Says parking restrictions only move RV-dwellers

to other neighborhoods

To the Editor:

I would like to address the issue of RV [recreational vehicle] overnight parking and the lack of vision in Los Angeles planning.

I was not able to attend the meeting held regarding the overnight parking districts being proposed, but I have been following the story in the papers. I am constantly reminded of the inability of the government and communities to see beyond their own issues.

Maybe this Band-Aid approach is easier right now, but in the long run the problem still exists. Why do we have so many RVs and homeless south of Santa Monica in the past few years? Much of it is a direct result of Santa Monica strengthening its laws and not allowing as many homeless to congregate there as they previously did.

And now what is the city doing with these overnight parking districts? They are not addressing the problem and trying to find a solution for the people who are living in their cars/ vans/RVs which will help everyone. Instead, they are putting a Band-Aid on the streets which are currently being used for overnight parking. What do they think will happen to the RVs if they cannot park on those streets?

The RVs will move over a block or two to the surrounding areas which do not have parking districts. Then the same scenario will play out in those neighbor-hoods. It will take years of organizing before a plan is made in the areas adjacent to the new zones which have taken on the problem.

Eventually the problem will shift to an area where the neighbors are not able to organize and they will be left with the problem. Shifting a problem from one neighborhood to another does not solve it. We need to take a global approach to this issue.

Sandy Forbis, Mar Vista

Tells story of family-owned Venice Manor

To the Editor:

I want to thank The Argonaut for Vince Echavaria’s June 19th article about Venice Manor apartments. It was well-written and fair.

I’d like to help fill in a missing piece in the article. The missing piece is the story of my family, the Martins. We have owned the property called Venice Manor since 1972 — since I was a teenager.

We’re a fairly ordinary family. My folks came from the Midwest after WWII, hopeful that they could lay down roots here and really become a part of the Southern California community. Although they had to work hard all their lives, I’ve always thought of them as a success story.

As long as I can remember, my parents, George and Evelyn, owned and maintained apartments in the Los Angeles area. They were literally “mom and pop” landlords. My parents first had a building near Third and Union, providing housing for working people after WWII. When that building was sold in the early ’70s, my parents had saved enough money to purchase the property on Venice Boulevard.

Compared to their building downtown, the Venice property seemed impossibly huge and sprawling — but my parents took the challenge in stride. They weren’t afraid of hard work or commitment. They taught me and my sister that the “American dream” meant more than buying income property or “flipping” an investment. It meant looking after the needs of others as long as we were physically and financially able.

When my father passed away in 1984, my mother and I took on the responsibility of running the apartments. I discovered it was a big job. It involved a lot more than maintaining the buildings. It involved maintaining relationships with our residents, with local hardware stores, with plumbers and electricians and the guys who did the gardening.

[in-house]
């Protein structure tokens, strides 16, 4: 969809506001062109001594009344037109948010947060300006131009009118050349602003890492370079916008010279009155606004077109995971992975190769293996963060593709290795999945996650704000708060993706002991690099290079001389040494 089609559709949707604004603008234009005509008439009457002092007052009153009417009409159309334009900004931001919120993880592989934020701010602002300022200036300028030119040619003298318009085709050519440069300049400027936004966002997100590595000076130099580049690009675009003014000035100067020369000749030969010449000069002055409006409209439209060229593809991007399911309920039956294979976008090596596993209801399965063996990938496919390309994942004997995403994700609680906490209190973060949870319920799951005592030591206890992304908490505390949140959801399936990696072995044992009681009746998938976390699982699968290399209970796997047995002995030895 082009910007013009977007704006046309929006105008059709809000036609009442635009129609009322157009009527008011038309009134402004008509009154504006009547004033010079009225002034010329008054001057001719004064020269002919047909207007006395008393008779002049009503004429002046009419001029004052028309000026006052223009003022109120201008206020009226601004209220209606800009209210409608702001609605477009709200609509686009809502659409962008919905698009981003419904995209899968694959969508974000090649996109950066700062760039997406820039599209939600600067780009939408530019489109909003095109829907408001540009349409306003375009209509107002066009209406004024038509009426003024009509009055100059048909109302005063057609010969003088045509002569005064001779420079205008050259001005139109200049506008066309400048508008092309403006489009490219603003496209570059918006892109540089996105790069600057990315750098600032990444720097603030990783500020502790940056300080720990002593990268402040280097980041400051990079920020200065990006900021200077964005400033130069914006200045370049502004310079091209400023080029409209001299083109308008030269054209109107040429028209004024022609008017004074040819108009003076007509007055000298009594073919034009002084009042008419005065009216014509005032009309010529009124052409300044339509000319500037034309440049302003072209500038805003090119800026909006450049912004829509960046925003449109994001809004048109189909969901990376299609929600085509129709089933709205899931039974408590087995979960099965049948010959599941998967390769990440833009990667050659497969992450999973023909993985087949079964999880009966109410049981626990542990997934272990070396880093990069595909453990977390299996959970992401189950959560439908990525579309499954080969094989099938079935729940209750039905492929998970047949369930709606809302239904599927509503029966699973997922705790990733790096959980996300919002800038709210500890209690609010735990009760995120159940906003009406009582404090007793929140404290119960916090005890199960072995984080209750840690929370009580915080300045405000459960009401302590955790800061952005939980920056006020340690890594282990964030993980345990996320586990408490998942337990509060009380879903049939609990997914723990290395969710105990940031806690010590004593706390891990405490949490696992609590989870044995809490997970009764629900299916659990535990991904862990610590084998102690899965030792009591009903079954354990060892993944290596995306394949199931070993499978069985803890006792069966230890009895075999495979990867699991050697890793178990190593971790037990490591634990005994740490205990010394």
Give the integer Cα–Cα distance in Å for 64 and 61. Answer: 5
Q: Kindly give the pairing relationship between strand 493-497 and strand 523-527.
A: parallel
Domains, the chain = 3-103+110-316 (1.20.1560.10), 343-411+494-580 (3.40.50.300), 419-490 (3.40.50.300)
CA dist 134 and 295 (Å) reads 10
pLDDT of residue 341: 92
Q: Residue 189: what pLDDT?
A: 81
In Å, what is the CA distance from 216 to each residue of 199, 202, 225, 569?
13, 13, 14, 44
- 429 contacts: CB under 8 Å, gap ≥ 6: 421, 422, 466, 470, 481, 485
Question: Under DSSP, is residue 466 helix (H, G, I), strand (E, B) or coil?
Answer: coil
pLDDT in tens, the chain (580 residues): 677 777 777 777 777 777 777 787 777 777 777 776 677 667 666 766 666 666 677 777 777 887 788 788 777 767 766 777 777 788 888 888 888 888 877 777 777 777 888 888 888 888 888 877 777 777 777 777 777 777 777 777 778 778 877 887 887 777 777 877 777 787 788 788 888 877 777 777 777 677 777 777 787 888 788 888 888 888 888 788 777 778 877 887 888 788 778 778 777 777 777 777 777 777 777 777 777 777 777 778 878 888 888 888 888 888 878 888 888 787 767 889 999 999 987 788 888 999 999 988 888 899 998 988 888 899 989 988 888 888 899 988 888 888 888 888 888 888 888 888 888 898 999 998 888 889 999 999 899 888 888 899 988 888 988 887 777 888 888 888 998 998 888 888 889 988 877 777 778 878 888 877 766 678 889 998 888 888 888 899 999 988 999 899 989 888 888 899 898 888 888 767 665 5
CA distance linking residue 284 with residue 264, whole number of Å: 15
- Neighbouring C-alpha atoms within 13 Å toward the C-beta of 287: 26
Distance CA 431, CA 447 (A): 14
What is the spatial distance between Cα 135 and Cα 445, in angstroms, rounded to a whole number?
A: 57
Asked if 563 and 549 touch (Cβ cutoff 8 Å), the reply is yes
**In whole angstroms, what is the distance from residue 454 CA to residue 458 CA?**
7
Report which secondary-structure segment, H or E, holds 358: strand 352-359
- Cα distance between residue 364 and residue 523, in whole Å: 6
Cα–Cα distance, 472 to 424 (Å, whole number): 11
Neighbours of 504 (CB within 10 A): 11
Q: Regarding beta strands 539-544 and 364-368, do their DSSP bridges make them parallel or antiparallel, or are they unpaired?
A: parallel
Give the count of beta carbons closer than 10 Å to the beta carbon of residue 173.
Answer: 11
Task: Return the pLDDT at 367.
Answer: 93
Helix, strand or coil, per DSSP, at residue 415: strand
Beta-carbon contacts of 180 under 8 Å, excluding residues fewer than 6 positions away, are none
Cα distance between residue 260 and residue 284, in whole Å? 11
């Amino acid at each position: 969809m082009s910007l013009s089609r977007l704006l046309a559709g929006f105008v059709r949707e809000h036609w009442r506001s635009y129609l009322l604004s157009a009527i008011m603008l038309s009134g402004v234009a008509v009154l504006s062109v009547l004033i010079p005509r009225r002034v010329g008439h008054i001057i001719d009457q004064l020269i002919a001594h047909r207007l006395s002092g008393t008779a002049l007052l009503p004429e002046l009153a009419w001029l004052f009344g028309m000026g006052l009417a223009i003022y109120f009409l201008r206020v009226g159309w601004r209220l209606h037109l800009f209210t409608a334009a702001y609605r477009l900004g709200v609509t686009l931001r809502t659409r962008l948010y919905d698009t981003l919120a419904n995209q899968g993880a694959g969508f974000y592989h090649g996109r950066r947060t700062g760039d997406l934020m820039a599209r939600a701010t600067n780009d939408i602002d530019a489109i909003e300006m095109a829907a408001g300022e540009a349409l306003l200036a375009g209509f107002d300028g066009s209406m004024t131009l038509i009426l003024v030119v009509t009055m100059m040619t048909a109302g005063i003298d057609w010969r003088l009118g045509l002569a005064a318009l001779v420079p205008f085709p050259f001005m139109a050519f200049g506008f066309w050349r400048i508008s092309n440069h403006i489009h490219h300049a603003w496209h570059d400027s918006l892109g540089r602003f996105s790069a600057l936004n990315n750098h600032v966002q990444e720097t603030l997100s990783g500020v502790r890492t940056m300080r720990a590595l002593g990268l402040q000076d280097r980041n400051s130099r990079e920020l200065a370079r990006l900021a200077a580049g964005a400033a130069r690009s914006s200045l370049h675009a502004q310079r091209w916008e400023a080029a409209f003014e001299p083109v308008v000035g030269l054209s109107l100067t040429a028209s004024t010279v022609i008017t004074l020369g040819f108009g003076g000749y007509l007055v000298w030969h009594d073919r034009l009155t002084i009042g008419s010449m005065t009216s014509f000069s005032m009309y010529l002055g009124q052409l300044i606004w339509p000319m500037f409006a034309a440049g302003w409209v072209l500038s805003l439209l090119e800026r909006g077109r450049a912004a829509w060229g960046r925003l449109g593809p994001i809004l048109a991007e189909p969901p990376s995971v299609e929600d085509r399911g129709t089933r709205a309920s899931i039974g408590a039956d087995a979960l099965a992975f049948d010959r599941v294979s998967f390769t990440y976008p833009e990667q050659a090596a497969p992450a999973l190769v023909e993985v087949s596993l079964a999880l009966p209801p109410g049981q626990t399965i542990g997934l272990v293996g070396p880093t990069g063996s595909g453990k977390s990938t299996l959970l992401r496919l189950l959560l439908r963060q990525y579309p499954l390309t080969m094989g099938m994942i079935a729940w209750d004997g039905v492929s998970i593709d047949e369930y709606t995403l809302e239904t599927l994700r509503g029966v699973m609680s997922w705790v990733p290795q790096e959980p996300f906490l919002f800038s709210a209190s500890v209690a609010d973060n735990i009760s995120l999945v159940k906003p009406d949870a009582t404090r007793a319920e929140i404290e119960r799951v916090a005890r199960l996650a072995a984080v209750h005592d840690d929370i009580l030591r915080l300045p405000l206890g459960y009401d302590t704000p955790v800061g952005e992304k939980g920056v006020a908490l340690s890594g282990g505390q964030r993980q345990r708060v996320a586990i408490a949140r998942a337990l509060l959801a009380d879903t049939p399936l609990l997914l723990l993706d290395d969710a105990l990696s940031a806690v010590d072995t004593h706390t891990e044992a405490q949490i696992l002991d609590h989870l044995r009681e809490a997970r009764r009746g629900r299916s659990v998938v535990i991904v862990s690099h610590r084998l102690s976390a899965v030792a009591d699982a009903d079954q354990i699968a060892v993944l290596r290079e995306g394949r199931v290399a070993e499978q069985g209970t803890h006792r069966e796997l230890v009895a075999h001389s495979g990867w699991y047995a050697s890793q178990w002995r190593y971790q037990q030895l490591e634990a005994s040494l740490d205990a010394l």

I left my job as a licensed vocational nurse to devote more time to the property as an on-site manager. My mother did the books. We were a good team and enjoyed it. Our maintenance man, Gordon, who has worked on the premises since 1982, was a huge help.

Many years have passed and my mother and I are now no longer physically or financially able to operate the aging buildings. At 80 years of age, my mother is ready to embrace the next phase of her life — a well-earned retirement. I’m facing my own retirement, too. My friends in the Venice community are aware that I have experienced several serious health setbacks that prevent me from most activities and make my day-to-day involvement in the management of our aging buildings almost impossible.

So, like the dozens of residents who have come to our place during the past 36 years and moved on to their own homes or condos, my family and I are now ready to say goodbye to Venice Manor. We will leave knowing that our low-income residents will be looked after and that the property we love will be in good hands.

We’re not too proud to say we need to see a return in the immediate future on the investment my family has made in the property. We have a great deal of pride in our family’s contribution to the Venice community, but our needs are pressing. We know and like our prospective buyer. We’re really impressed by his proposal to rejuvenate the property and take care of the handful of low-income residents in need of apartments.

Happily, we now have a chance to receive a fair price for the property for the first time since rent-stabilization laws went into effect. We want the right to accept his bid and ensure that our family is taken care of.

The words “hope” and “change” are in the air this year. As a family, we Martins have always believed in those ideas. We hope that we’ve provided a place for our residents to realize their own dreams, and find their own ways of giving back to this wonderful community. That’s what Venice is all about.

Now my sister, my Mom and I are facing major life changes. We just want the chance to move forward.

Barbara Martin,, Venice

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